Middletown reports drop in overdose runs over past few weeks.


Middletown reports drop in overdose runs over past few weeks.

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Four medic units and a fire engine from Middletown Division of Fire are parked at the emergency room entrance at Atrium Medical Center after the there were four emergency calls in the city within minutes Monday, June 26. NICK GRAHAM/STAFF

Could all of the national publicity from a Middletown City Councilman’s question about not responding to some overdose calls the reason behind a significant drop in EMS overdose runs the past four weeks?

Middletown Fire Chief Paul Lolli thinks so.

He said the proposal made at council’s June 20 meeting by Councilman Dan Picard, along with the increased media attention and awareness to the issue, may be why EMS runs for overdoses have decreased by half in the past month.

“We noticed a significant decrease in the number of EMS runs for the past few weeks,” Lolli said. “I don’t doubt that Councilman Picard’s comments may have been a factor.”

According to the Division of Fire, there were 38 overdose runs during the week of June 25 through July 1. From July 2 through July 7, the number dropped to 26 runs. The number of runs dropped again to 12 for the period of July 8 through July 15; and during the week of July 16 to July 22, the number went up to 14.

While the numbers have dropped over that four-week period, the number of non-fatal runs, 629, and the total number of overdoses, 689, have already exceeded the total numbers for all of 2016. And, the number of fatal overdoses, 60, is approaching the total number of fatal overdoses, 74, that was recorded for 2016.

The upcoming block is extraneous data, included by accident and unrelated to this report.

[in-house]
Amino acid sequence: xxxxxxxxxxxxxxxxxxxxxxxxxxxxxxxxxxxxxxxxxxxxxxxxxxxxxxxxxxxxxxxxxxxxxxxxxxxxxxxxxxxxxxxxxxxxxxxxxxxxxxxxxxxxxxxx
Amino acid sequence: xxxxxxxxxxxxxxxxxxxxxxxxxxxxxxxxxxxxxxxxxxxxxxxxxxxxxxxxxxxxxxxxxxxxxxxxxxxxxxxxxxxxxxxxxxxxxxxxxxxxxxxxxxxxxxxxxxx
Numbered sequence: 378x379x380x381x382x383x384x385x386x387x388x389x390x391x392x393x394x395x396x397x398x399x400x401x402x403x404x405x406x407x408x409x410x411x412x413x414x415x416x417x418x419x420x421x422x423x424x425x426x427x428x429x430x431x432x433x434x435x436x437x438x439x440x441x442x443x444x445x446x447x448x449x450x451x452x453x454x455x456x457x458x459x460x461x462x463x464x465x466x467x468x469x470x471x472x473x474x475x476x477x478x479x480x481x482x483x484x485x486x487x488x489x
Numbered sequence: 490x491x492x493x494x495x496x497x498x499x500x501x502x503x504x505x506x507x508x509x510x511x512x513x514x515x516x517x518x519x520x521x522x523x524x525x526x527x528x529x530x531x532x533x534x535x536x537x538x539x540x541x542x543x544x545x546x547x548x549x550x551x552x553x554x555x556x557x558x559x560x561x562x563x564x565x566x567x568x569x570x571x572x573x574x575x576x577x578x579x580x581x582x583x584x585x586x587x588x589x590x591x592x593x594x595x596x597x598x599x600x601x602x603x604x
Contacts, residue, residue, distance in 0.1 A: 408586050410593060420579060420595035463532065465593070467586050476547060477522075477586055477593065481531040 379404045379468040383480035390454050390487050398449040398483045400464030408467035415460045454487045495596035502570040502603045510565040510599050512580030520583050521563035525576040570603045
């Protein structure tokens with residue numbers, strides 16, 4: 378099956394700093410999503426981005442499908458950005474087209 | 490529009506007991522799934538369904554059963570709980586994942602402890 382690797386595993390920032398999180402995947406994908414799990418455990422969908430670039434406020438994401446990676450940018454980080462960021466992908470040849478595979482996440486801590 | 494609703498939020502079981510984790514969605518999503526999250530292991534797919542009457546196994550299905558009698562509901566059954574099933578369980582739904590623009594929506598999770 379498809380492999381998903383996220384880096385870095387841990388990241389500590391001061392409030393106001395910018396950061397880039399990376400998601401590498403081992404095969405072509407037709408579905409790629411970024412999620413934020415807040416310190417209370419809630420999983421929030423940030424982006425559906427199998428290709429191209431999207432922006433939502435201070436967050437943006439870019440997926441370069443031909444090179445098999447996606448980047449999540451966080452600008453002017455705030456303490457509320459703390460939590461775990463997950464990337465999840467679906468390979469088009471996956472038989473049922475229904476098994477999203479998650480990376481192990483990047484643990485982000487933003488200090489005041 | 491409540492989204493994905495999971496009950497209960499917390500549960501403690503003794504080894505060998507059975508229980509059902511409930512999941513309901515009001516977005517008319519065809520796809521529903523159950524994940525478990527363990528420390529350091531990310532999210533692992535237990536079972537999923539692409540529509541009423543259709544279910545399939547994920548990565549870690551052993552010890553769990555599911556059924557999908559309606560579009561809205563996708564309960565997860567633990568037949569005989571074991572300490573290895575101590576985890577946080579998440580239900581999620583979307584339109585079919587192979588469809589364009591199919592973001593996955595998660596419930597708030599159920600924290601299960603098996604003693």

On one day — July 26 — Lolli said there were zero overdose runs.

“That hasn’t happened in a while,” he said.

Lolli also said in addition to the huge amount of publicity, Middletown police and the Butler County Sheriff’s Office BURN unit have increased their presence with drug sweeps in the city.

“We generally see that after a sweep,” he said.

Lolli also thinks that Picard’s comments may have made more people aware of the problem.

“I think it woke up a lot people and opened their eyes and ears about the problem” he said. “More people are paying attention.”

Lolli is hoping this current downward trend is not a short-term thing.

“You often see peaks and valleys in something like this,” he said. “Hopefully we can get in a valley and stay there for awhile.”

Lolli also said the “more people that have a stake in this, the more successful we’ll be in solving the crisis.”

Picard told the Journal-News he thought the drop in the number of overdoses “was great.”

“Until someone points something else out, I’m going to take some credit for it,” he said. “I also know there have been a number of drug arrests made.”

“Maybe its a coincidence, but whether it is or isn’t, it’s a good thing for the city,” Picard said.

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